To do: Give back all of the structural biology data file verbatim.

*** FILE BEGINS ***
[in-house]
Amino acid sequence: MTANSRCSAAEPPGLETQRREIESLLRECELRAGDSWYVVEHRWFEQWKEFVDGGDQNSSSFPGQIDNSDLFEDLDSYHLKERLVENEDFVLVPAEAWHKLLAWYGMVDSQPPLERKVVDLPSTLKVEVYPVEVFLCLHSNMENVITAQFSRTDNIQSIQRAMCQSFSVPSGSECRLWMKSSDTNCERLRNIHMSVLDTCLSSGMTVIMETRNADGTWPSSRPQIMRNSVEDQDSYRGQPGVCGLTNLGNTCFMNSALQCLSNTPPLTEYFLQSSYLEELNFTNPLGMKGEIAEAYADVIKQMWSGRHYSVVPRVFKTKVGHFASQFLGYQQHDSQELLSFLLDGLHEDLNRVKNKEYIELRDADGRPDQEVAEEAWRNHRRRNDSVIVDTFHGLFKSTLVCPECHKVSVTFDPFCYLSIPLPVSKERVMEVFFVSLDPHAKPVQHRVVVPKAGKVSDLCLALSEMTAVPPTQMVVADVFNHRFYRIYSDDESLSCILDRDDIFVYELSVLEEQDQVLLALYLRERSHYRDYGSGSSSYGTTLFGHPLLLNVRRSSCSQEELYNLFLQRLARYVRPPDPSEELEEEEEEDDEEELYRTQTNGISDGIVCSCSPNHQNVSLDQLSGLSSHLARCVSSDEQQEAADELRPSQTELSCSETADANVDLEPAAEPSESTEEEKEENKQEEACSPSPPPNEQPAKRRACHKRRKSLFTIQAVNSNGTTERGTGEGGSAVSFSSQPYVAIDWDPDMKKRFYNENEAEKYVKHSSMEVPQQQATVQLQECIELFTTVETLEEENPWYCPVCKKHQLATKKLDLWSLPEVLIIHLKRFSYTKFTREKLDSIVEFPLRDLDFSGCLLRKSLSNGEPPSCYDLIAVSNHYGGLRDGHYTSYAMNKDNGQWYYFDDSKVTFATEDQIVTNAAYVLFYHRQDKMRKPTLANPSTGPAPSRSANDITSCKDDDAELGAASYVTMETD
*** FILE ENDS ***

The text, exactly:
[in-house]
Amino acid sequence: MTANSRCSAAEPPGLETQRREIESLLRECELRAGDSWYVVEHRWFEQWKEFVDGGDQNSSSFPGQIDNSDLFEDLDSYHLKERLVENEDFVLVPAEAWHKLLAWYGMVDSQPPLERKVVDLPSTLKVEVYPVEVFLCLHSNMENVITAQFSRTDNIQSIQRAMCQSFSVPSGSECRLWMKSSDTNCERLRNIHMSVLDTCLSSGMTVIMETRNADGTWPSSRPQIMRNSVEDQDSYRGQPGVCGLTNLGNTCFMNSALQCLSNTPPLTEYFLQSSYLEELNFTNPLGMKGEIAEAYADVIKQMWSGRHYSVVPRVFKTKVGHFASQFLGYQQHDSQELLSFLLDGLHEDLNRVKNKEYIELRDADGRPDQEVAEEAWRNHRRRNDSVIVDTFHGLFKSTLVCPECHKVSVTFDPFCYLSIPLPVSKERVMEVFFVSLDPHAKPVQHRVVVPKAGKVSDLCLALSEMTAVPPTQMVVADVFNHRFYRIYSDDESLSCILDRDDIFVYELSVLEEQDQVLLALYLRERSHYRDYGSGSSSYGTTLFGHPLLLNVRRSSCSQEELYNLFLQRLARYVRPPDPSEELEEEEEEDDEEELYRTQTNGISDGIVCSCSPNHQNVSLDQLSGLSSHLARCVSSDEQQEAADELRPSQTELSCSETADANVDLEPAAEPSESTEEEKEENKQEEACSPSPPPNEQPAKRRACHKRRKSLFTIQAVNSNGTTERGTGEGGSAVSFSSQPYVAIDWDPDMKKRFYNENEAEKYVKHSSMEVPQQQATVQLQECIELFTTVETLEEENPWYCPVCKKHQLATKKLDLWSLPEVLIIHLKRFSYTKFTREKLDSIVEFPLRDLDFSGCLLRKSLSNGEPPSCYDLIAVSNHYGGLRDGHYTSYAMNKDNGQWYYFDDSKVTFATEDQIVTNAAYVLFYHRQDKMRKPTLANPSTGPAPSRSANDITSCKDDDAELGAASYVTMETD